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In the Bag

Mark Slade is back to kick it old school. As in...eye for an eye, Old Testament old.

In the Gutter, what goes around, usually comes back around to fuck your shit up...but good.

In the Bag by Mark Slade




Freak smacked me on the arm and pointed to a man in a long black coat carrying what looked like an old medical bag, you know the kind that doctors used to carry in the old days? The man was tall, dressed like he had money. He wore a black homburg that sat too far back on his small head.

We were hanging around the auction house, looking to shake down rich fuckers, take their money, and maybe outright rob them of their antiques. We did it once a year for Monty Sea, who fences stolen antiques and sells them to other rich fuckers to buy.

They called him Monty Sea because he started out in the Life selling fish on the beach. Through connections (and those connections dropping like flies), Monty became the main fence in the city. How Freak and me came to work for Monty was funny in itself. Freak is Monty’s nephew. Freak’s mom was very concerned Freak would end up selling drugs or falling in with the wrong people. So she asked Monty to take him under his wing and look out for him. He looked out all right.

I was the friend that hung around other people’s houses only because I hated being in my own. My parents were always arguing, throwing things around, drinking whatever alcohol was available. So I’d ride my bike to Freak’s house, get fed and, in her own way, loved by Freak’s mom.

“Stack,” Freak leaned in and whispered, his shaven head touching left shoulder slightly. “That guy has money in that bag.” He stepped backwards from me, arched his eyebrows and smiled wide. “I’m telling you. It’s loaded down. Watch how he’s carrying it.”

I took another drag from my Newport, watched the weird old man walk toward his car. It was strange. A car out in the parking lot was blasting the Stones’ “Love in Vain.” I felt like I was a character in a 1970’s flick. Maybe Warren Oates was me and Michael J. Pollard was Freak. We were hardened criminals slighted by our old gang and out for revenge.

Yeah, right. My luck it would be a 1970’s Roger Corman flick starring David Cassidy and Jack Elam.

I was tired of hanging around and wanted to go back to my apartment, get high and watch Get Carter on Blue Ray. So I nodded, said, “I’ll go around Building A and you follow slowly on his heels.” I took my small black billy club from my pants pocket. “If you catch him first, shove the snub-nose in his back. Make sure you trap him by the auction house van. He has nowhere to go.”

Freak smiled, got this wild look in his eye. He put his hands in his hoodie pocket where he kept the .38. “I’m sure it's greenbacks, Stack. We eat steak tonight.”

I went around Building A and met up with a crowd of old Asian broads. Must have been about twenty of them taking up the whole sidewalk, all carrying large, white bags full of junk sold to them under the pretense of vintage. I pushed my way through them as best I could. I got through in decent time when I noticed my billy club was not in my hand.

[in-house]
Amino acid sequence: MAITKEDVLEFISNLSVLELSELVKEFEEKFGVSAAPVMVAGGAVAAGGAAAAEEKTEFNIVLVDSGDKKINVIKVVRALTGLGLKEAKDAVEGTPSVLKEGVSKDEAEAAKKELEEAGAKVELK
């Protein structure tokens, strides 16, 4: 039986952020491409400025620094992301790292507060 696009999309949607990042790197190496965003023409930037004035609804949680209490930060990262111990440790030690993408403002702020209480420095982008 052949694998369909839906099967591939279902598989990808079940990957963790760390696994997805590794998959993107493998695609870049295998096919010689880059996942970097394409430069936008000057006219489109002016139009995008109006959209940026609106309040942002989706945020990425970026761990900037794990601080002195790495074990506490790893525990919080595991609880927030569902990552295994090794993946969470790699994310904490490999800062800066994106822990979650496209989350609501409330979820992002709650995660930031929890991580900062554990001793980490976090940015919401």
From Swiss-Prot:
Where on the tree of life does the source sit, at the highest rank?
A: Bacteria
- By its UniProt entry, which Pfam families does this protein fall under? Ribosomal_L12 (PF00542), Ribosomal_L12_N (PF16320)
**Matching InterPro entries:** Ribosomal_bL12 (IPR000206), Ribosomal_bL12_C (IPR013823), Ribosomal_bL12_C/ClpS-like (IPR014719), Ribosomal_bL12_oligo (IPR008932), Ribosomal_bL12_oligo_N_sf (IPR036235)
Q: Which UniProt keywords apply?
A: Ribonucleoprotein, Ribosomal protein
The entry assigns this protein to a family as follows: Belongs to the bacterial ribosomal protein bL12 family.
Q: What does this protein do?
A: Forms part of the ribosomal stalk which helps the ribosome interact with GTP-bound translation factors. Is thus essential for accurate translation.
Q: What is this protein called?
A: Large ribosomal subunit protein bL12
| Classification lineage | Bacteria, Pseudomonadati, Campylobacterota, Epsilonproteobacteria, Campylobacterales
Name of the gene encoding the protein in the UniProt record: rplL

I doubled back, searched in mud puddles, even in a drain, before I realized it was against the aluminum siding wall of Building A. I ran to the wall, scooped it up, and I turned the corner and saw the weird fucker’s car still parked beside the work van, but Freak and the weird fucker was gone.

I scanned the parking lot quick. No signs of either.

“Shit,” I said, put my billy club back in my pants pocket. Freak got cold feet and left. I betcha anything.

That’s when I felt a jolt of electricity in my back. I fell to my knees, then laid down. Just before I passed out, I saw that weird fucker in his black homburg leaning over me, milky eyes glaring at me, brown-yellow teeth clenched in a sardonic smile.

The fucker had tasered me.

When I came to, I was handcuffed to a drainpipe in a dank, darkened cellar.

The weird fucker was in his dress shirt, sleeves rolled up, his black homburg and black overcoat lay on a chair next to a table where Freak was sitting. His hand was in holes of a custom-made sawhorse. The weird fucker was sawing through the bone of freak’s left wrist while Freak’s screams echoed off cement. A large puddle of blood pooled at their feet on the concrete floor. Freak’s left hand was finally severed and joined the right one on the floor.

Freak continued to scream. The weird fucker smiled, picked up Freak’s .38 that was in the chair, placed the barrel in Freak’s mouth and pulled the trigger. Freak’s brains splattered the brick wall behind him, creating a new Rorschach.

Then he turned to me, smiled as he wiped blood from his hand with a dirty muddy brown towel. “Now for you.” He grit his teeth. Those deep milky eyes danced around with excitement. “I don’t like thieves.”

Just then, I noticed the black medical bag he carried lay a few feet from me. It was open and it must have had a dozen or more hands inside it.

I wanted to scream, but what good would it do? No one was going to hear me anyway.

Mark Slade has appeared in anthologies Tales of the Undead; Suffer Eternal, Hell Whore, and Tortured Souls, as well as magazines Blood Moon Rising and The Rusty Nail. He lives in Williamsburg, VA, with his wife and daughter. He also runs the story and podcasts Blackout City and Dark Dreams.